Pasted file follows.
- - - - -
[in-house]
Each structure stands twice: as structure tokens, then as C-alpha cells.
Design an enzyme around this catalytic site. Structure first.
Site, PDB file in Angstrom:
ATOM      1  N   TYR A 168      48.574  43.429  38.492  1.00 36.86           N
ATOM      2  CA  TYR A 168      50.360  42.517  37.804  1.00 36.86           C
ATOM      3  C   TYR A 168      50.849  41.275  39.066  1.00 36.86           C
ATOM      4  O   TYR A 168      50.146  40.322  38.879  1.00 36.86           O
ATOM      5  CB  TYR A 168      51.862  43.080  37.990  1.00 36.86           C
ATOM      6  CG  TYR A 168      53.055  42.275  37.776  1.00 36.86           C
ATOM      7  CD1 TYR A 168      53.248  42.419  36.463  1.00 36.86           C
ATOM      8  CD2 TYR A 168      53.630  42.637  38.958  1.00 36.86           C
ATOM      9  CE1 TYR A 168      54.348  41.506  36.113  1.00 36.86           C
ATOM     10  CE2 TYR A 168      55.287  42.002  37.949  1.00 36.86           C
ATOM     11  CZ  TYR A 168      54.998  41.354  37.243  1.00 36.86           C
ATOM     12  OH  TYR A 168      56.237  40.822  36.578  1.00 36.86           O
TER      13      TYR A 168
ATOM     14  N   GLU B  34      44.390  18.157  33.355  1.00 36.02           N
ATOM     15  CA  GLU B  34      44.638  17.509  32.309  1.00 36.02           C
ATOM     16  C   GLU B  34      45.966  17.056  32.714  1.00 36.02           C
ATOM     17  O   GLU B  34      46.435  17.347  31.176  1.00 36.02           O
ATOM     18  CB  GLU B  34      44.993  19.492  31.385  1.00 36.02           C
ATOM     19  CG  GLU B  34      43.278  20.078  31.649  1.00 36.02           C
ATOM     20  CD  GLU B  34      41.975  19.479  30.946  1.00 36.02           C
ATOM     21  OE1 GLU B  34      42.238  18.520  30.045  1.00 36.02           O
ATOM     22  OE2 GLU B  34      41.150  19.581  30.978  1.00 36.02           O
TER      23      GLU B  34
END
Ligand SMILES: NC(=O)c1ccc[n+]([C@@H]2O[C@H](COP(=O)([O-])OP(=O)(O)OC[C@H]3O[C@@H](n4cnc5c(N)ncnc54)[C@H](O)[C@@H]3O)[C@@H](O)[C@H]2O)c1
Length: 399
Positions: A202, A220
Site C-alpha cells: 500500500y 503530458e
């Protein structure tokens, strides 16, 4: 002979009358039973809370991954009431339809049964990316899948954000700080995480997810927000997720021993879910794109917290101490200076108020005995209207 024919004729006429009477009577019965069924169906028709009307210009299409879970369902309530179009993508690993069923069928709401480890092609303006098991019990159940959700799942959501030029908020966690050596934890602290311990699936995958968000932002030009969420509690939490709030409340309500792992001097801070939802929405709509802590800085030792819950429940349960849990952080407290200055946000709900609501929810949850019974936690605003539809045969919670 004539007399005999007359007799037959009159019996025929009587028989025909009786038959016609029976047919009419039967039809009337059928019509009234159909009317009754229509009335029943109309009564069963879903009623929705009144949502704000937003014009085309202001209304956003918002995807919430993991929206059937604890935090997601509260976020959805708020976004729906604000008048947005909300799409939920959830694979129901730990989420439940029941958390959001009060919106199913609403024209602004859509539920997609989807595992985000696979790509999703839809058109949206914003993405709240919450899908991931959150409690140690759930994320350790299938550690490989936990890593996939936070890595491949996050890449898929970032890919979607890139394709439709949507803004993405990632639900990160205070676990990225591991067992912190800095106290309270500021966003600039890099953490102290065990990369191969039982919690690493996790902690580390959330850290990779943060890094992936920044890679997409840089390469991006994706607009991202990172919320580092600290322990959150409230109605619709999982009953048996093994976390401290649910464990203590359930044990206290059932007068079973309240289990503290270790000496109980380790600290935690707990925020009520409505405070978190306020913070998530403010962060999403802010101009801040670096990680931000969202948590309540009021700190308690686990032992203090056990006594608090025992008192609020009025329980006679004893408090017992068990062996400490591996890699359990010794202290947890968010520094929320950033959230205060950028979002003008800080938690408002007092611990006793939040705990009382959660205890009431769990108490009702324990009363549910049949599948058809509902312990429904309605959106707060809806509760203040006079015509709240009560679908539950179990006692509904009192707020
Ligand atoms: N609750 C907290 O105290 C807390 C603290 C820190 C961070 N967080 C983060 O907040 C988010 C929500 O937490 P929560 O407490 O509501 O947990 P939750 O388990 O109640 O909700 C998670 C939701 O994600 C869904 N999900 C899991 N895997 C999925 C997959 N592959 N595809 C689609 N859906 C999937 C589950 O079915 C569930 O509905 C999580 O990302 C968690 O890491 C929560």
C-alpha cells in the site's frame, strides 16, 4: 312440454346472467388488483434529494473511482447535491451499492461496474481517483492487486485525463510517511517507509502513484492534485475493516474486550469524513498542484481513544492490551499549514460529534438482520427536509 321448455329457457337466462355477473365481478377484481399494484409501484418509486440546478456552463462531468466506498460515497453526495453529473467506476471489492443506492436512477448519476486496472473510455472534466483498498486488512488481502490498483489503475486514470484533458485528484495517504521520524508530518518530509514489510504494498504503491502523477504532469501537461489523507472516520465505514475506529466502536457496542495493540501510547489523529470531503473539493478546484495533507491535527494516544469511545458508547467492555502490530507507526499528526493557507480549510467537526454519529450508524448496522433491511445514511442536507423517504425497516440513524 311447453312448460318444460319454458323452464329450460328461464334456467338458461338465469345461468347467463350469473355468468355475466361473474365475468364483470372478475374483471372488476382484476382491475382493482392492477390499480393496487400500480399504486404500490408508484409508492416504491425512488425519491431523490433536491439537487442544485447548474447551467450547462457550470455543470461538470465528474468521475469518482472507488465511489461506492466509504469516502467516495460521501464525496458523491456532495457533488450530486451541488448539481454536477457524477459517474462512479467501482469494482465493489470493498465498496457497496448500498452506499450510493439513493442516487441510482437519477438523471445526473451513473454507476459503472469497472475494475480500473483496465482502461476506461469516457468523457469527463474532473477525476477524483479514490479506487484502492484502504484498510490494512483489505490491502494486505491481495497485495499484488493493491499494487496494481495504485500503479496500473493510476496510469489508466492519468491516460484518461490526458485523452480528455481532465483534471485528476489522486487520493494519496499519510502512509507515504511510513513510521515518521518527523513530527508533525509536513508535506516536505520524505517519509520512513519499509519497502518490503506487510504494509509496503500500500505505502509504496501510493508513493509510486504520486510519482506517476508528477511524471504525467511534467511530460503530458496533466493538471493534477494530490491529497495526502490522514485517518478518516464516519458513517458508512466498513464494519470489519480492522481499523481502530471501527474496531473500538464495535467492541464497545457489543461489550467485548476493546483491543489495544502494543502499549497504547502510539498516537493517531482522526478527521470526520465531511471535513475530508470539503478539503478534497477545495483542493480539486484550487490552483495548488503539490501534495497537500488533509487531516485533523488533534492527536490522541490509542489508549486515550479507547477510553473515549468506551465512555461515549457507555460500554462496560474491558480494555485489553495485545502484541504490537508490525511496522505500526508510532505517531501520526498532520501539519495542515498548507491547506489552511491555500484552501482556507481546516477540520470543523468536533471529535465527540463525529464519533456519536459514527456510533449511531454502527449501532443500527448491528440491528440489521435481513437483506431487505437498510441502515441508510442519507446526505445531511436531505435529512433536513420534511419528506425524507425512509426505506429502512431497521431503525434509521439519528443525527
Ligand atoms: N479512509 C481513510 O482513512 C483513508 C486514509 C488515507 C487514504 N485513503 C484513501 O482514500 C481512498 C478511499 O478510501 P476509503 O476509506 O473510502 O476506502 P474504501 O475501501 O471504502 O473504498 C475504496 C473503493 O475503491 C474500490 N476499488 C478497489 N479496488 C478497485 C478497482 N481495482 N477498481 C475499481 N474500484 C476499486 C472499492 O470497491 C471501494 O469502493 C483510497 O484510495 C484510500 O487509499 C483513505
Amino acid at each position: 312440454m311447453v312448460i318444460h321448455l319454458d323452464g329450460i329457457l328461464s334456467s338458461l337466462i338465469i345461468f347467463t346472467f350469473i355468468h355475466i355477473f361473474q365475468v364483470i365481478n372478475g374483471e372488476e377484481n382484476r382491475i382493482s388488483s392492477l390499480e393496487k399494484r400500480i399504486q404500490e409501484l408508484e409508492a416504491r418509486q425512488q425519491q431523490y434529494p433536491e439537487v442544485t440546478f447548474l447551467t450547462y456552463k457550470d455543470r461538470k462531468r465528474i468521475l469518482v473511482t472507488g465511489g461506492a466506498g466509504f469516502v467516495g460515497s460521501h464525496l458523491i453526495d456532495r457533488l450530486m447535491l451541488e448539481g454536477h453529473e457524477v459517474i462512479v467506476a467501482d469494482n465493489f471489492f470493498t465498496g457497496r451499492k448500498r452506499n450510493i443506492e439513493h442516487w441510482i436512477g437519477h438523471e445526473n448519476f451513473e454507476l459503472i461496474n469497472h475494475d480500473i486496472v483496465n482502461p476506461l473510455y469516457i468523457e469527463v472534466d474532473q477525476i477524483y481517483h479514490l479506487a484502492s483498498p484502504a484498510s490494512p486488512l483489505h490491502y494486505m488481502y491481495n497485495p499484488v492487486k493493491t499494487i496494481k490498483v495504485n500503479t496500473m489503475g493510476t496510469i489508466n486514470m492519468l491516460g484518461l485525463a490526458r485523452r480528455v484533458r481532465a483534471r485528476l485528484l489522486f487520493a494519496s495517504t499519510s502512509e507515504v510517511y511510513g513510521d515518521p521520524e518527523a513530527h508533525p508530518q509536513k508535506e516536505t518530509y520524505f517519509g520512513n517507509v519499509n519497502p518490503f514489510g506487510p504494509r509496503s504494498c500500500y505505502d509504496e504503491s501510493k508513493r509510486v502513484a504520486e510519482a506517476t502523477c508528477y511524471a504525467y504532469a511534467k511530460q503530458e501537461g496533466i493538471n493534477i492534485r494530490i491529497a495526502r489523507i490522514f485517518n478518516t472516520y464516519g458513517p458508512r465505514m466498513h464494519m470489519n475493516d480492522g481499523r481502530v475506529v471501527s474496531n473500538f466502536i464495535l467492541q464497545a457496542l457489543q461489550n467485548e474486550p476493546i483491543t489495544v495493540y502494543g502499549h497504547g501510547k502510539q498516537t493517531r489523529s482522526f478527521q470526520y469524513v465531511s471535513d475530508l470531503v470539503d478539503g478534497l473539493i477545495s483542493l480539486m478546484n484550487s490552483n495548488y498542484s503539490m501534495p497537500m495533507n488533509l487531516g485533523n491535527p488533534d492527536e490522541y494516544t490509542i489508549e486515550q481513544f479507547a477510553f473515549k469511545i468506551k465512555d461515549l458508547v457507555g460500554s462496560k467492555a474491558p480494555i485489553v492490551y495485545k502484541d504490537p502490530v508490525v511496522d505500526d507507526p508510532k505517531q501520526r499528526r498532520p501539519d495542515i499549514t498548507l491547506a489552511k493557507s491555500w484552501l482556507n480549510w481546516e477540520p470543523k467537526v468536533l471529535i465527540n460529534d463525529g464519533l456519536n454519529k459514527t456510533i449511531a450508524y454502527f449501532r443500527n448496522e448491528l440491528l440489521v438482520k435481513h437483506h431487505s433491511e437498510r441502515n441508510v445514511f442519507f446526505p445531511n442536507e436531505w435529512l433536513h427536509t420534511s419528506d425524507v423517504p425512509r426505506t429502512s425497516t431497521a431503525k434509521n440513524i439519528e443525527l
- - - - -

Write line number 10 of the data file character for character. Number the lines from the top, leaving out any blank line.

ATOM      6  CG  TYR A 168      53.055  42.275  37.776  1.00 36.86           C